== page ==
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If you are looking to find information on diamonds, there is no shortage of it online and in print. Learning about gemstones, on the other hand, can be more of a challenge. With a very long history of adorning royalty and being a contemporary, colorful alternative to diamonds, gemstones also have an appeal that is undeniable.
In this guide from Bright Blue Dot Jewelry, we’ll take a look at the factors that go into determining gemstone quality, take a look at some of the more popular gemstones and, finally, discuss the practice of color treating and other enhancement techniques.
Without further ado, let’s begin.
Determining Gemstone Quality.
The four Cs have long been the criteria by which diamonds are graded. It’s not just diamonds that are measured this way, however. When it comes to determining gemstone quality, the four Cs are critical. For a quick refresher, the four Cs are: color, clarity, carat, and cut.
Let’s look at them all in further detail here.
It’s only natural that a conversation about gemstone quality should start with color. While gemstones come in many colors—in fact, some gemstones come in multiple colors—the criteria upon which gemstone color is graded include: hue, tone and saturation.
When discussing gemstones, it is important to keep these terms in mind to ensure you get just the gemstone jewelry you are looking for. As mentioned, sapphire comes in hue besides blue. This is not uncommon. Garnet, for instance, comes in all colors, though red is its most recognized hue.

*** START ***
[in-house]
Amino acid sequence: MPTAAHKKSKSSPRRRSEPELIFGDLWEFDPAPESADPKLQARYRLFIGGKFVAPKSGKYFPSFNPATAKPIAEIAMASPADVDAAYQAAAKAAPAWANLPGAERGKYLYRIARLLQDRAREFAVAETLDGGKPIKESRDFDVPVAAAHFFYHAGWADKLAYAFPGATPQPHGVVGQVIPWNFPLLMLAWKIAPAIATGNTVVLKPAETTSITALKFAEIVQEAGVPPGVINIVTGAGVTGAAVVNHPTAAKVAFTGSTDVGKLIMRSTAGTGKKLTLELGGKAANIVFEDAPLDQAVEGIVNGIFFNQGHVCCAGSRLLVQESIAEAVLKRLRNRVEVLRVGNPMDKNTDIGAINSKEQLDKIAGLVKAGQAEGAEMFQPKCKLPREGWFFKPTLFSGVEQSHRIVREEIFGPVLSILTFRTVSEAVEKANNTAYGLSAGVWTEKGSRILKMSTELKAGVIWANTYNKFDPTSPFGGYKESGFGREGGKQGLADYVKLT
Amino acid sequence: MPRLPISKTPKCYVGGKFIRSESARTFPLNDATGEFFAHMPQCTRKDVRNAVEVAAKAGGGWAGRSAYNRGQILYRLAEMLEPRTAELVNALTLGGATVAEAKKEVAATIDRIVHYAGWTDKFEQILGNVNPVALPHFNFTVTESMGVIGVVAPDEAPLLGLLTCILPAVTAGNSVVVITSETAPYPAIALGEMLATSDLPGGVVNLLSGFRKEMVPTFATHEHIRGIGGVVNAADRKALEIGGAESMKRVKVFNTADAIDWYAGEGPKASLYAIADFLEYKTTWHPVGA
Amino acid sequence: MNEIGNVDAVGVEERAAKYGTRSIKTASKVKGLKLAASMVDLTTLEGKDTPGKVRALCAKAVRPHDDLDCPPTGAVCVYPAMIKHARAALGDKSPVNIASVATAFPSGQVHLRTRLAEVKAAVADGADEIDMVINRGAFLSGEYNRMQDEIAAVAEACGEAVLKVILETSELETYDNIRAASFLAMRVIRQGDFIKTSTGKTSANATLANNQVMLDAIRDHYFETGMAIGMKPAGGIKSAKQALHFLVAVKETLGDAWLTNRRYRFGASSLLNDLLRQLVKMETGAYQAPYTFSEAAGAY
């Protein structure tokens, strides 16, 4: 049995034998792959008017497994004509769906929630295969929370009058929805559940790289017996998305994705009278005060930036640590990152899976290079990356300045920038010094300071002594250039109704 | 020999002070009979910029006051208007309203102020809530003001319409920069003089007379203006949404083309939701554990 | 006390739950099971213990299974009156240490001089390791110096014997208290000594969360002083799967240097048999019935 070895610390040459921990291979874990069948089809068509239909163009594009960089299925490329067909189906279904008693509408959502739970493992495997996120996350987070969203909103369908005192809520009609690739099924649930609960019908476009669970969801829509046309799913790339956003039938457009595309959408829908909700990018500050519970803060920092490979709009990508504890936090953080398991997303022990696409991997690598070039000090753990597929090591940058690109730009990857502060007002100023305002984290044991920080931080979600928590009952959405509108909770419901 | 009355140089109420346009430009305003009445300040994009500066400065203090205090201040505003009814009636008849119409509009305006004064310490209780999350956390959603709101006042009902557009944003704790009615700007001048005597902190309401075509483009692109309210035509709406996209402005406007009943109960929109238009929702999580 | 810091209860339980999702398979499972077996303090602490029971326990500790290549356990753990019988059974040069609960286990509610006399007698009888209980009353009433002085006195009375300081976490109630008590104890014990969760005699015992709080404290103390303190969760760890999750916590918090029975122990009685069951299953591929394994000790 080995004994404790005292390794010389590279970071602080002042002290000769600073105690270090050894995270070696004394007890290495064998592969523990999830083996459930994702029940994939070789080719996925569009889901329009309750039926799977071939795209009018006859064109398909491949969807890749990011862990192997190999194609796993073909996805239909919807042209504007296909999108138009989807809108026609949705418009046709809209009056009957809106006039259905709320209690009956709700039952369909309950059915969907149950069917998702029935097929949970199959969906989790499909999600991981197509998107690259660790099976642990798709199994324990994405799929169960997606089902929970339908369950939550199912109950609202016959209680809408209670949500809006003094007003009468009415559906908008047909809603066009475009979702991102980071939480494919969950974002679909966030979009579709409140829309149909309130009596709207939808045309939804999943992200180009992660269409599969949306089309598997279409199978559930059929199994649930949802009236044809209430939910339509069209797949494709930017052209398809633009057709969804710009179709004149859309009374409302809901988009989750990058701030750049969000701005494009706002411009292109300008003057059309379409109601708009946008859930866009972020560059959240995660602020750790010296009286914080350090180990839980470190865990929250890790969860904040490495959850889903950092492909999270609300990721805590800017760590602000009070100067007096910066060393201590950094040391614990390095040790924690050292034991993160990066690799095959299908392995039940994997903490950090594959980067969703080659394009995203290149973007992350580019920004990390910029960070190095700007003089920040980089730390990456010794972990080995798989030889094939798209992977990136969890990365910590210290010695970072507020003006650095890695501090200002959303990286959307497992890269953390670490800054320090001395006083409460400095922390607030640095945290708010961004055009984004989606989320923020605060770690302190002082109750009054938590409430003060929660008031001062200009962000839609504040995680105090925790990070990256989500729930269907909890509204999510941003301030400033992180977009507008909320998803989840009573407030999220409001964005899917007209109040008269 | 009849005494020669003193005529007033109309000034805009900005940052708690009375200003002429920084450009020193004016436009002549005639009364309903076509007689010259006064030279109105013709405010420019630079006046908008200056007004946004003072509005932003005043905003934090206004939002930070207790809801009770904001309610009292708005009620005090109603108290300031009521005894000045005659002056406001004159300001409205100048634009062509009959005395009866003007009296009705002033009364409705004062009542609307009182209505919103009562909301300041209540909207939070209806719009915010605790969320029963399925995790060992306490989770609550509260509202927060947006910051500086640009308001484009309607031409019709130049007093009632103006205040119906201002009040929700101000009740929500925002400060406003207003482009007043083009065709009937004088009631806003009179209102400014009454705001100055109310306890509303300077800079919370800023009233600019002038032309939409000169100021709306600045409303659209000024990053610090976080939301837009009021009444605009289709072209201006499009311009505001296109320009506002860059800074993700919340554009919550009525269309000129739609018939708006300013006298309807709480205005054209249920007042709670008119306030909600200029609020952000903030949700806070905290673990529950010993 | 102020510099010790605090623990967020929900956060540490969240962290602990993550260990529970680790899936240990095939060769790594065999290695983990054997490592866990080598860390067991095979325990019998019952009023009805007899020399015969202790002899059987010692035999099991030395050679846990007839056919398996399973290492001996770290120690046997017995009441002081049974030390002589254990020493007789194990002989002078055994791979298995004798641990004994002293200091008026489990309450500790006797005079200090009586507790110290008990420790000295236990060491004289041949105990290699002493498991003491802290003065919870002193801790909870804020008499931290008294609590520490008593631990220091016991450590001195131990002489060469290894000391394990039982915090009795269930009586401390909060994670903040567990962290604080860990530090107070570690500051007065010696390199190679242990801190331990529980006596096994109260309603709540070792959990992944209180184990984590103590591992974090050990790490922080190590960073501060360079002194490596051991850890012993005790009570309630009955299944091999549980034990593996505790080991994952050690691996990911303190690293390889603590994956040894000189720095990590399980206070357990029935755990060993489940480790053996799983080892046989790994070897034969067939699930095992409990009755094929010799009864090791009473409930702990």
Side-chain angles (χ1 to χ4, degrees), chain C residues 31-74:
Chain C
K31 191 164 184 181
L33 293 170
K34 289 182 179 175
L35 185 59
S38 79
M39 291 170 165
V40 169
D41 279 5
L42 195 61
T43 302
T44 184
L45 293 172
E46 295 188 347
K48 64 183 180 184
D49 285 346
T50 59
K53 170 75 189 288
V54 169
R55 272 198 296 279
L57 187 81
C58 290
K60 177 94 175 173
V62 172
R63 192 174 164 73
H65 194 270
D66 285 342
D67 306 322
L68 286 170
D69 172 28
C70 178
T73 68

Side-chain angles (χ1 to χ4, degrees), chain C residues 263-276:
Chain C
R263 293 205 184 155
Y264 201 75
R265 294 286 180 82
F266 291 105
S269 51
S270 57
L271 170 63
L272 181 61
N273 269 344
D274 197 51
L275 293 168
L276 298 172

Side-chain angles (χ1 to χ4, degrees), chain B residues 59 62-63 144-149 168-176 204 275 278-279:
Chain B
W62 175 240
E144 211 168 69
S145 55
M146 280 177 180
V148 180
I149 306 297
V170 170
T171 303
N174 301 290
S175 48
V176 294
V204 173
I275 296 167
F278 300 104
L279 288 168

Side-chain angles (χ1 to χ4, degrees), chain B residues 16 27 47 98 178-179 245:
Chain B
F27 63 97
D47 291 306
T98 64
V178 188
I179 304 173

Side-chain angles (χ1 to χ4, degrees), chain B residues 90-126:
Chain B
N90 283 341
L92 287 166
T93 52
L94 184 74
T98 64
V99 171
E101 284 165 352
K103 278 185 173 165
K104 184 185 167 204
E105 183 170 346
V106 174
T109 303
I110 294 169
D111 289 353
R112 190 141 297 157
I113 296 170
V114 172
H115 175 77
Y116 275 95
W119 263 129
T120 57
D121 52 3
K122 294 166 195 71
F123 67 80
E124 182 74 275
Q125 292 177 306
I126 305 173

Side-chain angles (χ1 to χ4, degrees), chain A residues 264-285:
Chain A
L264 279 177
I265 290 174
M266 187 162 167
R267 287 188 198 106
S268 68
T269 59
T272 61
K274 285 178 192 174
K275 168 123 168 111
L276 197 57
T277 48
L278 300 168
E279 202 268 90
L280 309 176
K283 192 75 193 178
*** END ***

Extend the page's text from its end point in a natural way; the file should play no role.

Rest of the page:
When we talk about the clarity of a gemstone, we are talking about the pureness of the gemstones and the amount of “inclusions” the stone has. Inclusions are small imperfections in a gemstone. Because they are natural, all gemstones are subject to inclusions. Ideally, however, the fewer the inclusions the greater the value of the gemstone as these inclusions can alter the path of light through a gemstone and potential reduce its overall brilliance.
Gemstones with a lighter color are more subject to the effects of inclusions, which is another reason why deeper-colored stones are usually preferred by buyers. That said, however, some gemstones are more subject to inclusions than others.
Gemstones more prone to inclusions are emeralds and red tourmalines. On the other hand, gemstones less prone to inclusions are citrine, red tourmaline and aquamarine. Remember, however, the number of inclusions should not be seen as a deciding factor on its own. The ways color and cut affect gemstones can help to minimize the effects of the inclusions, leaving you with a pretty clear looking gemstone that has plenty of sparkle.
Carat and Rarity
The blanket term “gemstones” encompasses many different individual gemstones and some are naturally rarer than others. Rarer gemstones, as you can probably predict, are worth more and carat for carat their price reflects it. Before we get too much further, however, let’s talk about carat weight and just what it is.
Carat weight, in its most basic sense, is the unit of measurement given to the weight and, often related, the overall size of the gemstone. A carat is 1/5 of a gram. Gemstones all have their own densities so that a sapphire and a topaz, for example, may have the same carat weight, but different overall sizes and vice versa. Gemstones, then are sold by carat weight instead of overall size. Some savvy buyers, knowing this, are able to get big, beautiful red garnets for the price of much smaller red rubies. If you keep your options open, you can find beautiful gemstone jewelry in all carats and sizes.